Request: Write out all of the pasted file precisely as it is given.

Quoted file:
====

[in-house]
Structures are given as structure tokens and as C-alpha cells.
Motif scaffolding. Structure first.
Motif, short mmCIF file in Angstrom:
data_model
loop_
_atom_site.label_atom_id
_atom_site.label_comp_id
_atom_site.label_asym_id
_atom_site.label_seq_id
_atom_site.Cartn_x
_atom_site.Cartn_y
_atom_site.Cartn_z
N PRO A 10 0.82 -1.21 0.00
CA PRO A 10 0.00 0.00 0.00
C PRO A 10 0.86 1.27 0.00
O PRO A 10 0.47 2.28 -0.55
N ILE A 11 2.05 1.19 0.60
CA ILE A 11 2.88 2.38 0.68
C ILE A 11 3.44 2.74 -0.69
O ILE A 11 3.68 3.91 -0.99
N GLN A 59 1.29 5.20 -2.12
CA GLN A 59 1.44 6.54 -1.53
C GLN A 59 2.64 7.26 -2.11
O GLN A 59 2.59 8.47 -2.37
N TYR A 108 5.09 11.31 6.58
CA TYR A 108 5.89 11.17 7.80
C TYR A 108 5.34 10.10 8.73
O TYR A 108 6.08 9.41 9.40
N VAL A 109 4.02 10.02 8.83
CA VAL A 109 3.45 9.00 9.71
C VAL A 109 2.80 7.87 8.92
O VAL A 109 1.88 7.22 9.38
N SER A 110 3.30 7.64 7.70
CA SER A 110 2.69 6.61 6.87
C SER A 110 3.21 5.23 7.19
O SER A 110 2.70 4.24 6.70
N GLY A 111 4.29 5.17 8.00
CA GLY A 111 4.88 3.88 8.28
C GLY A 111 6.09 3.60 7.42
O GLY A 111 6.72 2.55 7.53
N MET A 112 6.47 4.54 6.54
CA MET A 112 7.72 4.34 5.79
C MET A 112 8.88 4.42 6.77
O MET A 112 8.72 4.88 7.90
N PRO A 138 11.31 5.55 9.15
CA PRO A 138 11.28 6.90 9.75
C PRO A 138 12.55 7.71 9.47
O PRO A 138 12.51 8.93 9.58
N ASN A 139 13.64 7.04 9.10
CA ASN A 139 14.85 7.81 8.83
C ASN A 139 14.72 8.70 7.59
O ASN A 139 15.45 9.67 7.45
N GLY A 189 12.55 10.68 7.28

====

[in-house]
Structures are given as structure tokens and as C-alpha cells.
Motif scaffolding. Structure first.
Motif, short mmCIF file in Angstrom:
data_model
loop_
_atom_site.label_atom_id
_atom_site.label_comp_id
_atom_site.label_asym_id
_atom_site.label_seq_id
_atom_site.Cartn_x
_atom_site.Cartn_y
_atom_site.Cartn_z
N PRO A 10 0.82 -1.21 0.00
CA PRO A 10 0.00 0.00 0.00
C PRO A 10 0.86 1.27 0.00
O PRO A 10 0.47 2.28 -0.55
N ILE A 11 2.05 1.19 0.60
CA ILE A 11 2.88 2.38 0.68
C ILE A 11 3.44 2.74 -0.69
O ILE A 11 3.68 3.91 -0.99
N GLN A 59 1.29 5.20 -2.12
CA GLN A 59 1.44 6.54 -1.53
C GLN A 59 2.64 7.26 -2.11
O GLN A 59 2.59 8.47 -2.37
N TYR A 108 5.09 11.31 6.58
CA TYR A 108 5.89 11.17 7.80
C TYR A 108 5.34 10.10 8.73
O TYR A 108 6.08 9.41 9.40
N VAL A 109 4.02 10.02 8.83
CA VAL A 109 3.45 9.00 9.71
C VAL A 109 2.80 7.87 8.92
O VAL A 109 1.88 7.22 9.38
N SER A 110 3.30 7.64 7.70
CA SER A 110 2.69 6.61 6.87
C SER A 110 3.21 5.23 7.19
O SER A 110 2.70 4.24 6.70
N GLY A 111 4.29 5.17 8.00
CA GLY A 111 4.88 3.88 8.28
C GLY A 111 6.09 3.60 7.42
O GLY A 111 6.72 2.55 7.53
N MET A 112 6.47 4.54 6.54
CA MET A 112 7.72 4.34 5.79
C MET A 112 8.88 4.42 6.77
O MET A 112 8.72 4.88 7.90
N PRO A 138 11.31 5.55 9.15
CA PRO A 138 11.28 6.90 9.75
C PRO A 138 12.55 7.71 9.47
O PRO A 138 12.51 8.93 9.58
N ASN A 139 13.64 7.04 9.10
CA ASN A 139 14.85 7.81 8.83
C ASN A 139 14.72 8.70 7.59
O ASN A 139 15.45 9.67 7.45
N GLY A 189 12.55 10.68 7.28